What is the most importanted right granted to US citizens?
July 26, 2007 6:41PM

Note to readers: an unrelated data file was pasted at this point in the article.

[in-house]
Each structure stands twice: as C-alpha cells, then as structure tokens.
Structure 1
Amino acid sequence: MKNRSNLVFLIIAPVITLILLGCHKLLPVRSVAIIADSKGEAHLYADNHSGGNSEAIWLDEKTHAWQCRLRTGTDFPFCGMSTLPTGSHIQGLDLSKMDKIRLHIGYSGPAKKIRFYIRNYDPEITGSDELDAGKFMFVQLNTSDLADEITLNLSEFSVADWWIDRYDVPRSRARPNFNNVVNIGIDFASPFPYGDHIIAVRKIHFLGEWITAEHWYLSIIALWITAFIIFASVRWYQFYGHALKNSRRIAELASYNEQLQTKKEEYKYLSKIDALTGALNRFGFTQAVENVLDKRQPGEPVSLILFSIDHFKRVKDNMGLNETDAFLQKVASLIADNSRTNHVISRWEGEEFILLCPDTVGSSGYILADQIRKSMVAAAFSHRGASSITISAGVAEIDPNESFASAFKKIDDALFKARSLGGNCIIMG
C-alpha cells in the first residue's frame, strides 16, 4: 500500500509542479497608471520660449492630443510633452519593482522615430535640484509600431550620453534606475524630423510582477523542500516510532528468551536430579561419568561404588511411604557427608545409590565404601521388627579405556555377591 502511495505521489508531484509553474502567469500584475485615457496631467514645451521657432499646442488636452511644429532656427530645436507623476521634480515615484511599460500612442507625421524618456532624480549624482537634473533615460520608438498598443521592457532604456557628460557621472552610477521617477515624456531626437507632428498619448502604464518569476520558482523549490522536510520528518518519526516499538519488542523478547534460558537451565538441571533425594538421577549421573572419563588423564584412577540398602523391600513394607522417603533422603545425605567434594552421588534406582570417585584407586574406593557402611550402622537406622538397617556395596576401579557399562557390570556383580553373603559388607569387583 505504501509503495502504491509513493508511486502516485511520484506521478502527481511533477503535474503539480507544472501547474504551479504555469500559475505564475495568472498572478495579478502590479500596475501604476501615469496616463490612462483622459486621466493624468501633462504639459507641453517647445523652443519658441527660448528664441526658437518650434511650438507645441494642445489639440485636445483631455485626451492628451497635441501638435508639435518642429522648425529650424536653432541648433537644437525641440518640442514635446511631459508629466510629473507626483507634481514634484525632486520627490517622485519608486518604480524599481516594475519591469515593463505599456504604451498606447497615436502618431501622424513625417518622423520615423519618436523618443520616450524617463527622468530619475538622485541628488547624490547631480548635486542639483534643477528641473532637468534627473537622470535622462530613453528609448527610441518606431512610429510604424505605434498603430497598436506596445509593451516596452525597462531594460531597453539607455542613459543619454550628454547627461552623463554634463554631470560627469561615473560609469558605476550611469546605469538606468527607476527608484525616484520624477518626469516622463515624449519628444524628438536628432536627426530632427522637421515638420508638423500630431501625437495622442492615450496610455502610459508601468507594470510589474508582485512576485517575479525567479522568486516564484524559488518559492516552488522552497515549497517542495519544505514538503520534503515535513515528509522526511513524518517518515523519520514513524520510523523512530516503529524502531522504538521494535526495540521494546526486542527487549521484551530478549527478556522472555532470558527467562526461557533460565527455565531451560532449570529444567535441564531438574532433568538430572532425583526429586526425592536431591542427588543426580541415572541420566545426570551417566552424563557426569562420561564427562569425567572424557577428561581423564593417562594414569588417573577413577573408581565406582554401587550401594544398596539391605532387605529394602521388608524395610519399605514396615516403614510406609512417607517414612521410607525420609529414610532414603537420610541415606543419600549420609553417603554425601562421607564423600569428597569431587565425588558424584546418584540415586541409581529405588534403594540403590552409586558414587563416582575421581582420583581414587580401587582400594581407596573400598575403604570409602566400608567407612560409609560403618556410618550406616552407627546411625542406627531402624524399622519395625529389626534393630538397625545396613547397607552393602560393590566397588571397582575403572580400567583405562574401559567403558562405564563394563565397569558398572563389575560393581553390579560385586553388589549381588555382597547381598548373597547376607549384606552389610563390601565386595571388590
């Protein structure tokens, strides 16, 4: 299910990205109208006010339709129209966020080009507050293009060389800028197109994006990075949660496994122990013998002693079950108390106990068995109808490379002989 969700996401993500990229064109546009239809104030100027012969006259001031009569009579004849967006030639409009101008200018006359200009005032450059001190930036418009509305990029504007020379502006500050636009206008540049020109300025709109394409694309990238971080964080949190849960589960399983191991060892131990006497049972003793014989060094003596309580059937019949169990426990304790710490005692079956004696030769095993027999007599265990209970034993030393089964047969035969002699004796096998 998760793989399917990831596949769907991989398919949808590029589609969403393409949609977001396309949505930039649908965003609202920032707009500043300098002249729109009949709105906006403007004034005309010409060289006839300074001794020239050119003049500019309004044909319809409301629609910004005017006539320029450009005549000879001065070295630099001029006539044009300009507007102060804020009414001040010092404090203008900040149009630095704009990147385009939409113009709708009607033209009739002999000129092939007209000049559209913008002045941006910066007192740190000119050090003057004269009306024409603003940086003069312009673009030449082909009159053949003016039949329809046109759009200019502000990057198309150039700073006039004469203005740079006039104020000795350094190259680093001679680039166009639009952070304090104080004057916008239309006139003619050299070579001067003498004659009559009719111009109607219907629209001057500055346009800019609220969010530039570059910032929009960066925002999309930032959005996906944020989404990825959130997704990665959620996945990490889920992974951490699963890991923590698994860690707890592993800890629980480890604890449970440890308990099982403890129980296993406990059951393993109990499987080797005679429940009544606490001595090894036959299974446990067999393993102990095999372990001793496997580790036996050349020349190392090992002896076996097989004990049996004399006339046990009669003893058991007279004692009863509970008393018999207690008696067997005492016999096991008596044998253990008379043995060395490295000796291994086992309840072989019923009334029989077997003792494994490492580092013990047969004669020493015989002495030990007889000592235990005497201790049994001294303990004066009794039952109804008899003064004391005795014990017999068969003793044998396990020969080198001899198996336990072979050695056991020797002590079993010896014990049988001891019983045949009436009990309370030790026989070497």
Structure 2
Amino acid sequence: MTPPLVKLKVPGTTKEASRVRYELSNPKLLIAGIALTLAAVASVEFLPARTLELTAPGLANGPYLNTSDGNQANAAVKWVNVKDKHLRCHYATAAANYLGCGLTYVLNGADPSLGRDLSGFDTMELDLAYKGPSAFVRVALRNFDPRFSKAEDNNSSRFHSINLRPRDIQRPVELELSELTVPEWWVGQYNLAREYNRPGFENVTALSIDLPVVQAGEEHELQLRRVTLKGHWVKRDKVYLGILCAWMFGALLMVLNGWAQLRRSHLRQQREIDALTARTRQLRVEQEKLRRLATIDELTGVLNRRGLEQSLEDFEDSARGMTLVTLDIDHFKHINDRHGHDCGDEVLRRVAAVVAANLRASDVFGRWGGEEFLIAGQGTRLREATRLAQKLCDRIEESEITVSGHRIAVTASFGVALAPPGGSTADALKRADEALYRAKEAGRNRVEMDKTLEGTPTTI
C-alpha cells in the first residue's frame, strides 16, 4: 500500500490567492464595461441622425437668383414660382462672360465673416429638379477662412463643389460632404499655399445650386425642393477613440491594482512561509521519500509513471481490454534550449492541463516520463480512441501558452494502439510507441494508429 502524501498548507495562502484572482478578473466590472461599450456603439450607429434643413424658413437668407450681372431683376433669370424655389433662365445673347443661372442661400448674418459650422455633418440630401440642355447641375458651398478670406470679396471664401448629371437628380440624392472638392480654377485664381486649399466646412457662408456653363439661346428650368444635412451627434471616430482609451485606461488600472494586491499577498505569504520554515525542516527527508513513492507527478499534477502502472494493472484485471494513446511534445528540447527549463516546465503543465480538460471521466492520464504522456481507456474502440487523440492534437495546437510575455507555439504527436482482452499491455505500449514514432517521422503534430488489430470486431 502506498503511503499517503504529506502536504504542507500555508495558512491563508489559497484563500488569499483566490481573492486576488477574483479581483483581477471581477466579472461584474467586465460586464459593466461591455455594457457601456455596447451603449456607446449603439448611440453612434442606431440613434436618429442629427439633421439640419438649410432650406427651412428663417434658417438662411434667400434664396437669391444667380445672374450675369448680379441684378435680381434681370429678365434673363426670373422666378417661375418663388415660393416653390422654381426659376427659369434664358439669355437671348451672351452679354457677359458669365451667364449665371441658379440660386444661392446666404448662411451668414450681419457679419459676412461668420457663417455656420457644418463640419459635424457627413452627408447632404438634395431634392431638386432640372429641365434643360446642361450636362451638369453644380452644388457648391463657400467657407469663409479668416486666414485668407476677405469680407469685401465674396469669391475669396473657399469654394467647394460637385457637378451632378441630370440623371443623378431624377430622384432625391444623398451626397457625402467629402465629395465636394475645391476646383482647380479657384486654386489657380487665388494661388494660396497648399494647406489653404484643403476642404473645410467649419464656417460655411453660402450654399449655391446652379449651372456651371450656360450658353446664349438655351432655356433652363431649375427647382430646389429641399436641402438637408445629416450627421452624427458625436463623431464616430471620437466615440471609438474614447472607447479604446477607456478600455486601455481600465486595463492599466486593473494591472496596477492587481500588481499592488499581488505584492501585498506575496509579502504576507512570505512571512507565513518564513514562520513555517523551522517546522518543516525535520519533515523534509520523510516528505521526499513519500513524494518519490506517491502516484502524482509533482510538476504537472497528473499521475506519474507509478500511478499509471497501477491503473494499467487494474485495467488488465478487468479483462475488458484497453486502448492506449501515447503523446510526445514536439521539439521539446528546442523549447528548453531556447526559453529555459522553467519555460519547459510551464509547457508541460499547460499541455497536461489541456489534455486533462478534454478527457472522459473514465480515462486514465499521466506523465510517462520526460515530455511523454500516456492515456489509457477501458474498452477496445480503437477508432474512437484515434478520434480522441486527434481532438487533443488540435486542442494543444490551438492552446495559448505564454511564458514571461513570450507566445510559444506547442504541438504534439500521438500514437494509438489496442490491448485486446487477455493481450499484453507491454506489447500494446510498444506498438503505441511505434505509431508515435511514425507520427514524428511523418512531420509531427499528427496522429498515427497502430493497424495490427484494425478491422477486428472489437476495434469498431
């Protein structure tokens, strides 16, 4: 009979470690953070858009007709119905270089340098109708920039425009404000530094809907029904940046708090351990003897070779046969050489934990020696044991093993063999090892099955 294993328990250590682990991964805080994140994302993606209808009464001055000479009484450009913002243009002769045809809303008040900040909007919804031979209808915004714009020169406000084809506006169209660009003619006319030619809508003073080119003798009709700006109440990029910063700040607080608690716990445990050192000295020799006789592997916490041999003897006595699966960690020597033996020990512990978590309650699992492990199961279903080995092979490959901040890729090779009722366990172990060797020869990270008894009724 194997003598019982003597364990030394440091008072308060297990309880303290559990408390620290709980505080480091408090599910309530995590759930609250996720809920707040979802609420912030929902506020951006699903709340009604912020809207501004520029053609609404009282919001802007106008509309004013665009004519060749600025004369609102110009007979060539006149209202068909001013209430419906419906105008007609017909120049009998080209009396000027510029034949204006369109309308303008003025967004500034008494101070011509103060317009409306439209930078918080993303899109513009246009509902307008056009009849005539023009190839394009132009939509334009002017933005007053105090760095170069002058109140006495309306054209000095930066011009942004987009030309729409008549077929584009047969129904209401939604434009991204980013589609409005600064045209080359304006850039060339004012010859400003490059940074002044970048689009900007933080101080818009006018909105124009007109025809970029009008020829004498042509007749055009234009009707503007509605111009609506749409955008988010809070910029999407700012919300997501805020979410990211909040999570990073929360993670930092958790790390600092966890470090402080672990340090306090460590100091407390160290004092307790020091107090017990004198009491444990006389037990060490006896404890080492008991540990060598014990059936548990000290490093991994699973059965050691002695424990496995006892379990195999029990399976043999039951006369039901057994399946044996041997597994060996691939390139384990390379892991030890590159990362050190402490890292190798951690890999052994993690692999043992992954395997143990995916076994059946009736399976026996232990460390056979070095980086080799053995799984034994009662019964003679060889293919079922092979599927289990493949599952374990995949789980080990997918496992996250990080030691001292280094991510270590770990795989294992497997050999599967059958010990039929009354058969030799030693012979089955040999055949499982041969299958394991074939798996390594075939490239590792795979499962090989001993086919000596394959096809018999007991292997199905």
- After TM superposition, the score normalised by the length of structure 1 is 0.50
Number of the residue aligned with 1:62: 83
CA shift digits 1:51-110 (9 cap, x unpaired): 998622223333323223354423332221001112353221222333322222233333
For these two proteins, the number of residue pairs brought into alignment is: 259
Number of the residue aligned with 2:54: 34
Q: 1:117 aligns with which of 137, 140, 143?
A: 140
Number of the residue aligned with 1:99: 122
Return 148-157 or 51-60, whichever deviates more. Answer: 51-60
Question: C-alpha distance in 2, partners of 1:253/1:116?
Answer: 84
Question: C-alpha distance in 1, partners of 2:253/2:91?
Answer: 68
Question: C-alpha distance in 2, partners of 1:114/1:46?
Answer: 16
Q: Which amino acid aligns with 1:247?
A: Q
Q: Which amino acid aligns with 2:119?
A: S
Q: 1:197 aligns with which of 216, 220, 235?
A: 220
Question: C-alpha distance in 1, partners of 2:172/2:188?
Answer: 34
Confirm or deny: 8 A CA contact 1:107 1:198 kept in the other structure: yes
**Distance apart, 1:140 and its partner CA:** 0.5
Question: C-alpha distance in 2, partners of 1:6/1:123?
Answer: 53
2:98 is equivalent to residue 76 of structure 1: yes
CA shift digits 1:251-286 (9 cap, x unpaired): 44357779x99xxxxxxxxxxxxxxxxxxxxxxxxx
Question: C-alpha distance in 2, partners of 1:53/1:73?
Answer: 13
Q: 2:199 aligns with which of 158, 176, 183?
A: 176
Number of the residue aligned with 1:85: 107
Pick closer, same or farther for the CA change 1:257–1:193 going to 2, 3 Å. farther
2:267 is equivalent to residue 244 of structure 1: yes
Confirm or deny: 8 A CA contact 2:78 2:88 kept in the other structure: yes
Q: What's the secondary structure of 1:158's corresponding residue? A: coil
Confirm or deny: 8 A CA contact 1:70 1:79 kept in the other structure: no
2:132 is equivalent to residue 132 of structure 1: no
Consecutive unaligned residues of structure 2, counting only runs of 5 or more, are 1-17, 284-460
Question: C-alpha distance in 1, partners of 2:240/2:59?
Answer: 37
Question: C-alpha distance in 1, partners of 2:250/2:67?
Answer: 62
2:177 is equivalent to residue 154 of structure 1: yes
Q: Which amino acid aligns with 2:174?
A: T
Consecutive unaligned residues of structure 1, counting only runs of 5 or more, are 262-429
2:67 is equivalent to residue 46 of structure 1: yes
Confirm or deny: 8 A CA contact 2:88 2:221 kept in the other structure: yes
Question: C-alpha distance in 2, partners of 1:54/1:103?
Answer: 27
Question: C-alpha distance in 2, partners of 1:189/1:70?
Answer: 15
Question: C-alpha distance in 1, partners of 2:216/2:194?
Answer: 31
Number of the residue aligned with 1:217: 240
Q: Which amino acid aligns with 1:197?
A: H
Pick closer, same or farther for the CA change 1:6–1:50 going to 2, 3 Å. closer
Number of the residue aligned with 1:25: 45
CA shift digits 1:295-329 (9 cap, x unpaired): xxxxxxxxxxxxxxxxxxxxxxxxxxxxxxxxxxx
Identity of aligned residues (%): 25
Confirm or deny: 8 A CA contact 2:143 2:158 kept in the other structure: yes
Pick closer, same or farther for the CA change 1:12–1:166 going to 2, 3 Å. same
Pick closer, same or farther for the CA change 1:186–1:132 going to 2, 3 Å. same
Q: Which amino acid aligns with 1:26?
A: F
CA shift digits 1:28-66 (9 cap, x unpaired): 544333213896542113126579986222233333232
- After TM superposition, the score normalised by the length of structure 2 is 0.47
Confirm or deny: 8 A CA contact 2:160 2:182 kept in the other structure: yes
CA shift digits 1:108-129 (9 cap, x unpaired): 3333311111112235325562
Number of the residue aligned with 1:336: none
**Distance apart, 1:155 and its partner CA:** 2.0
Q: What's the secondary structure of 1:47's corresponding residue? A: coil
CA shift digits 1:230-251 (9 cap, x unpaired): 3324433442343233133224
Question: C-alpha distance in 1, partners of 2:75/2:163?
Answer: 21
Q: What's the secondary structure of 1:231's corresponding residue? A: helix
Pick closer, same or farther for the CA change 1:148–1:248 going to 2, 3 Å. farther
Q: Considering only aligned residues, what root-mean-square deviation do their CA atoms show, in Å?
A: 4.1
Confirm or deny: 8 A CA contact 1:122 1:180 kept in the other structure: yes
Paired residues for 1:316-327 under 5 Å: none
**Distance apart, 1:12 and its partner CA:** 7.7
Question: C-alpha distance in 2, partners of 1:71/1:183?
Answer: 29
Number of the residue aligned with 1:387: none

A right to vote I agree about the fundamental importance of voting. Here is another consideration that US citizens forget, or perhaps do not know. The Founding Fathers really were ahead of their time, even if we do tend to think of them as stodgy or hopelessly out-of-date. When they started the Constitution with the words "We the People", they were doing something outrageously unheard of in the world of the late 1700's. They were vesting in the people all authority to create and enact a Constitution. We don't find this particularly exciting, but then it was really revolutionary. Kings, emperors, nobility-- these were the sources, ultimately, of civil authority. There were republics in Rome and in Greece, but those republics were not empowered from the people up. This means that US citizens are really not granted any rights or privileges. Who presumes to 'grant' such things to us? The People reserve ALL rights privileges and authority to themselves, and they voluntarily cede such things as is necessary in order to establish a Constitution and laws for our mutual benefit. This is not just 'words'. When the Constitution is amended, it is amended in one way and one way alone: by the People. Not by Congress, not by the President, and not by the Supreme Court. Congress can initiate an amendment, but it has to go to the states to be enacted. States can also initiate an amendment and enact it without a single vote in Congress. So I vote for the People's custodianship of the Constitution, with the power to amend, as the most powerful and fundamental right that we have.